And by the way, celiac runs in families so it is recommended that all first degree relatives be tested every two years. If you do indeed have it, chances are one of your kids might too.

Thank you. I am worried about my children and also my mother. I think if I test positive for a wheat allergy (even if I never make it to being diagnosed with celiac) she will likely take the steps to change her diet and/or get tested herself. I have one child with high-functioning autism and one who has some sort of undiagnosed intestinal issue. I took him to a GI doctor and they basically were like, "It's probably reflux, here's an acid blocker". I gave it to him for a month and then stopped. It's not reflux, IMO (he's 5). He can not drink more than a few ounces of juice a day or he will vomit in his sleep, so we just don't give him juice and that prevents it from happening. I tried to have the whole family go gluten-free but my husband has been so resistant and even up until my recent blood-pressure spike made fun of me for thinking wheat could cause any of my problems. He didn't even believe me about my scalp rash until it flared up one time and I showed him (and I just realized two days ago that the shampoo I was using at the time has wheat in it. It says wheat right in the ingredients.)

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So i got my results from Quest, though my Dr. has yet to call me about them, so we'll see what he says, but my Tissue Transglutaminase AB, IGA result was a 1, greater than 4 being postive. So, I dunno wtf to do with this information because I have been gluten-free for like 5 months, went back on it for 4 days a week before the test (then went back off because BP craziness), and then crammed some bread immediately prior to my blood test because despite the fact that my Dr told me I didn't have to be eating gluten for the test I had a feeling he was wrong. So, basically I'm back to square 1, unless everyone who doesn't have gluten sensitivity or celiac disease is also walking around with a low level of the gluten antibody in their system? I mean, my interpretation would be, hey it's present, which probably indicates something, unless it doesn't. Literally no idea. I may have exhaused my desire to find answers at the this point.

ETA: Oh and my Immunoglobulina A was 84 (81-463) being normal. I'm pretty sure this measures a deficiency, so a lower number would be less ideal, but also, not a Dr.

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7 hours ago, Kittydanger said:

So i got my results from Quest, though my Dr. has yet to call me about them, so we'll see what he says, but my Tissue Transglutaminase AB, IGA result was a 1, greater than 4 being postive. So, I dunno wtf to do with this information because I have been gluten-free for like 5 months, went back on it for 4 days a week before the test (then went back off because BP craziness), and then crammed some bread immediately prior to my blood test because despite the fact that my Dr told me I didn't have to be eating gluten for the test I had a feeling he was wrong. So, basically I'm back to square 1, unless everyone who doesn't have gluten sensitivity or celiac disease is also walking around with a low level of the gluten antibody in their system? I mean, my interpretation would be, hey it's present, which probably indicates something, unless it doesn't. Literally no idea. I may have exhaused my desire to find answers at the this point.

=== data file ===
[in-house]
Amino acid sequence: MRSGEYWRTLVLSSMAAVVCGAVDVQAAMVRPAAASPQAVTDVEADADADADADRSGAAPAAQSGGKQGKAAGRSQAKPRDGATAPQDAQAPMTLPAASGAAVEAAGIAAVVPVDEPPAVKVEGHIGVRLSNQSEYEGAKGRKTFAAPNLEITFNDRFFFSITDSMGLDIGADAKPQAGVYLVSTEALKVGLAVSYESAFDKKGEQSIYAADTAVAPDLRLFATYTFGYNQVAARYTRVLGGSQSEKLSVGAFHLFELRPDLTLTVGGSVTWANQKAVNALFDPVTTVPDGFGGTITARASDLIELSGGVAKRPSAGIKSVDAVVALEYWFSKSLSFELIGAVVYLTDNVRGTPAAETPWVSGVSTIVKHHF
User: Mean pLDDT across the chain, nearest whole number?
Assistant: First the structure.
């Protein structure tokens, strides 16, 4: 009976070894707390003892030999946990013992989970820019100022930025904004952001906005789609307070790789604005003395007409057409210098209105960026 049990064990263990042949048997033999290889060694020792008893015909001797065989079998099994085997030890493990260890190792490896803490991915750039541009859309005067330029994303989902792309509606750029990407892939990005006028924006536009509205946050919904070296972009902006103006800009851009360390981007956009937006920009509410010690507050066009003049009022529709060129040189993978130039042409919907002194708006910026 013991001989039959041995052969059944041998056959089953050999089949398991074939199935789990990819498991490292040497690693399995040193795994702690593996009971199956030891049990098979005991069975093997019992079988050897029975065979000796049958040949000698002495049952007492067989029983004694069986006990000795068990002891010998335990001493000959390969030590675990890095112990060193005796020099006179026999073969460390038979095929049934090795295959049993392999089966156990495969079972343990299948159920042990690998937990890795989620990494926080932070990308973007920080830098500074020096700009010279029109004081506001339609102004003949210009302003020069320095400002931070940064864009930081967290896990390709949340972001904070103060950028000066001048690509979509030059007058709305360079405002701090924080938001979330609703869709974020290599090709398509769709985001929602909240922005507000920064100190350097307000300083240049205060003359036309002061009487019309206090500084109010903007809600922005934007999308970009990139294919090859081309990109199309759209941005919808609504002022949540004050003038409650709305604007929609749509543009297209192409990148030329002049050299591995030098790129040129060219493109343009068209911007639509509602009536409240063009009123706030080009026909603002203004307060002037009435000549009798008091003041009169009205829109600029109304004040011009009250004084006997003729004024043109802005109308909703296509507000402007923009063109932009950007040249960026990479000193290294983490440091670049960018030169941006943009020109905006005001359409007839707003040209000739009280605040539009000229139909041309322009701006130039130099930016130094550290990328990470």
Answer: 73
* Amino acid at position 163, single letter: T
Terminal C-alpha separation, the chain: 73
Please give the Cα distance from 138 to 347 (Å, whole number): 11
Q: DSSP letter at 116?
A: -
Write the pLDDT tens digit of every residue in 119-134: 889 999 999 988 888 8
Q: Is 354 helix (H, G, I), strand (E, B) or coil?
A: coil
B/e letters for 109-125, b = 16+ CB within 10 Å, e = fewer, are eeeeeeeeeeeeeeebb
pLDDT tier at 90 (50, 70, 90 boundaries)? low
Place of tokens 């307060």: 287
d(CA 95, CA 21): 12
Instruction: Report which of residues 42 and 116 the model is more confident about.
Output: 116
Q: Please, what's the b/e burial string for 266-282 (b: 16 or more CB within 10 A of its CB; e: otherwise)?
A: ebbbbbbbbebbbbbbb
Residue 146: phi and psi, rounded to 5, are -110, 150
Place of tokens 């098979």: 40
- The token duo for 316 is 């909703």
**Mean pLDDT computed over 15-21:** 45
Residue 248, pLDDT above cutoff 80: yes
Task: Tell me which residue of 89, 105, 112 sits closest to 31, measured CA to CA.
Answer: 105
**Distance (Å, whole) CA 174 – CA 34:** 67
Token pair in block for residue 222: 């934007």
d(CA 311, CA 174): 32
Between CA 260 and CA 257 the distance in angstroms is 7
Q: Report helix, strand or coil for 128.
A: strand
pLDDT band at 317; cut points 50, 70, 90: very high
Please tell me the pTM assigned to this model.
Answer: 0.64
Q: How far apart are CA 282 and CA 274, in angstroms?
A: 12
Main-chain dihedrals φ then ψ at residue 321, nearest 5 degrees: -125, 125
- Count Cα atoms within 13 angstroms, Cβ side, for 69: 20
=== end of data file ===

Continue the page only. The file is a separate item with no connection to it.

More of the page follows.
ETA: Oh and my Immunoglobulina A was 84 (81-463) being normal. I'm pretty sure this measures a deficiency, so a lower number would be less ideal, but also, not a Dr.

The IGA deficiency test is just a control test to see if the IgA tests (TTG, DGP) are valid.  Otherwise your doctor would have to run the IgG versions.  

It is hard to say, but since you had been gluten free for so long I think the tests are invalid despite your attempt at a gluten challenge.  You might just have to go gluten free without a formal diagnosis.  It can be done.  


Non-functioning Gall bladder Removal Surgery 2005

Diagnosed via Blood Test and Endoscopy: March 2013

Hashimoto's Thyroiditis -- Stable 2014

Anemia -- Resolved

Fractures (vertebrae): June 2013

Osteopenia/osteoporosis -- June 2013

Allergies and Food Intolerances

Diabetes -- January 2014

Celiac.com - Celiac Disease Board Moderator